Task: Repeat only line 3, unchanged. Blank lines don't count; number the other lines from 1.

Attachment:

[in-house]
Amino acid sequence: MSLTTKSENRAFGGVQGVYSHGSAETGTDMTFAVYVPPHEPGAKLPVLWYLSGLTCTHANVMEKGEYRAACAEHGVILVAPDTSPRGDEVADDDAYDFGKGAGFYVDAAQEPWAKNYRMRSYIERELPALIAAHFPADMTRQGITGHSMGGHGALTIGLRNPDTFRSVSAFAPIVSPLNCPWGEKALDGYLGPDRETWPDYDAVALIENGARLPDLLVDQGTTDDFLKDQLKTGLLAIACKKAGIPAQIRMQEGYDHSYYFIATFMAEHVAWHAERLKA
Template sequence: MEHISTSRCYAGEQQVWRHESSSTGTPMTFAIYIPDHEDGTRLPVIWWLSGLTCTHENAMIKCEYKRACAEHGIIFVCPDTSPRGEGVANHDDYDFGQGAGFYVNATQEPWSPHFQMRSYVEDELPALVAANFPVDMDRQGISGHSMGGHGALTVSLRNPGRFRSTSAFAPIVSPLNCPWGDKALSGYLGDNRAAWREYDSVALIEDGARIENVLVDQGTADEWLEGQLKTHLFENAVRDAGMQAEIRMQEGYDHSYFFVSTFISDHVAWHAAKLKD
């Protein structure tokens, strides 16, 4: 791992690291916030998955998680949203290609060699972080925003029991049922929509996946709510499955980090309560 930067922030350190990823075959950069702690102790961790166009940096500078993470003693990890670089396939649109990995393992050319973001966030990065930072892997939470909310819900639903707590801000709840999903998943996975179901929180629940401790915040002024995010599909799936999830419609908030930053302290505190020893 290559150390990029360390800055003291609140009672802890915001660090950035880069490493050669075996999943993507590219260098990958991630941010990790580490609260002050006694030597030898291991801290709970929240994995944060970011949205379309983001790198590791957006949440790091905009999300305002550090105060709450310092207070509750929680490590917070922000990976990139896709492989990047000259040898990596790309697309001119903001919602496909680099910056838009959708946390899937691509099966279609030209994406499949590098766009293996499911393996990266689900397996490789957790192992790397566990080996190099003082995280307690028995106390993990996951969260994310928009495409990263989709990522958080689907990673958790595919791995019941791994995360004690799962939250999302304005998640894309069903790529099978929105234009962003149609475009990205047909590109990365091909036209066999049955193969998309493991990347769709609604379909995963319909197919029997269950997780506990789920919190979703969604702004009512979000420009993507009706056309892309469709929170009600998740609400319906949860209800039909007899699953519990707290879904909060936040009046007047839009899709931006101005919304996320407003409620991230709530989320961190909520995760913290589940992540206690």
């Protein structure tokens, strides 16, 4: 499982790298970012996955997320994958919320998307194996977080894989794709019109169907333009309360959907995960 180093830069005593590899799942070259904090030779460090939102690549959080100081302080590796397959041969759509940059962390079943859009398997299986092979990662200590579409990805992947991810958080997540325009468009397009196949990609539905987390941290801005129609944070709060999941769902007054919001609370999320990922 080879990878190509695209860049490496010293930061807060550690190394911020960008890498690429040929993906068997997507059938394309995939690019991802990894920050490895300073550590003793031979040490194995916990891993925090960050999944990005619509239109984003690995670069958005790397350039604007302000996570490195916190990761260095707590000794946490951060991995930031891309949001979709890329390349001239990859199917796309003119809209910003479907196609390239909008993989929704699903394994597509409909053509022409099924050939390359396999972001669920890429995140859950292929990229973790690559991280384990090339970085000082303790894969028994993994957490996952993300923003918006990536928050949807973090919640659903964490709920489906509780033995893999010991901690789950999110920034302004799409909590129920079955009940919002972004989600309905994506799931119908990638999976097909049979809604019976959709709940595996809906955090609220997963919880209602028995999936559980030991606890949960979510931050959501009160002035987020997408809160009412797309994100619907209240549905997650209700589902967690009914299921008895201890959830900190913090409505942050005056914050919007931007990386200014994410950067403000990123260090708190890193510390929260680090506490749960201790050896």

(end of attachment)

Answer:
Template sequence: MEHISTSRCYAGEQQVWRHESSSTGTPMTFAIYIPDHEDGTRLPVIWWLSGLTCTHENAMIKCEYKRACAEHGIIFVCPDTSPRGEGVANHDDYDFGQGAGFYVNATQEPWSPHFQMRSYVEDELPALVAANFPVDMDRQGISGHSMGGHGALTVSLRNPGRFRSTSAFAPIVSPLNCPWGDKALSGYLGDNRAAWREYDSVALIEDGARIENVLVDQGTADEWLEGQLKTHLFENAVRDAGMQAEIRMQEGYDHSYFFVSTFISDHVAWHAAKLKD